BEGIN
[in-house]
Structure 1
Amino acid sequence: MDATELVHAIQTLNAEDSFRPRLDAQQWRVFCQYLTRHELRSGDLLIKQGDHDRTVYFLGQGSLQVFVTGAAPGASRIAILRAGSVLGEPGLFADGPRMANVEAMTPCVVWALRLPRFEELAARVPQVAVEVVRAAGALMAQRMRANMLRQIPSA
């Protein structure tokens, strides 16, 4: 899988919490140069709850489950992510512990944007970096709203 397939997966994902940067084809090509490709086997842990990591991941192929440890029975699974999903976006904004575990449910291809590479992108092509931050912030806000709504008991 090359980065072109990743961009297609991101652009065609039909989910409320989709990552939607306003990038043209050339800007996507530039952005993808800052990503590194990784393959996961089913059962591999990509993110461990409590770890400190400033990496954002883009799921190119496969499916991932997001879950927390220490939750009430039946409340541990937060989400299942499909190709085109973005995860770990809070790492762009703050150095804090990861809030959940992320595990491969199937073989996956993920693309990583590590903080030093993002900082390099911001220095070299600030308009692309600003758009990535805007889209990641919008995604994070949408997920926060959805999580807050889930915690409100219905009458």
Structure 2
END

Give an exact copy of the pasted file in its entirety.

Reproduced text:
[in-house]
Structure 1
Amino acid sequence: MDATELVHAIQTLNAEDSFRPRLDAQQWRVFCQYLTRHELRSGDLLIKQGDHDRTVYFLGQGSLQVFVTGAAPGASRIAILRAGSVLGEPGLFADGPRMANVEAMTPCVVWALRLPRFEELAARVPQVAVEVVRAAGALMAQRMRANMLRQIPSA
């Protein structure tokens, strides 16, 4: 899988919490140069709850489950992510512990944007970096709203 397939997966994902940067084809090509490709086997842990990591991941192929440890029975699974999903976006904004575990449910291809590479992108092509931050912030806000709504008991 090359980065072109990743961009297609991101652009065609039909989910409320989709990552939607306003990038043209050339800007996507530039952005993808800052990503590194990784393959996961089913059962591999990509993110461990409590770890400190400033990496954002883009799921190119496969499916991932997001879950927390220490939750009430039946409340541990937060989400299942499909190709085109973005995860770990809070790492762009703050150095804090990861809030959940992320595990491969199937073989996956993920693309990583590590903080030093993002900082390099911001220095070299600030308009692309600003758009990535805007889209990641919008995604994070949408997920926060959805999580807050889930915690409100219905009458």
Structure 2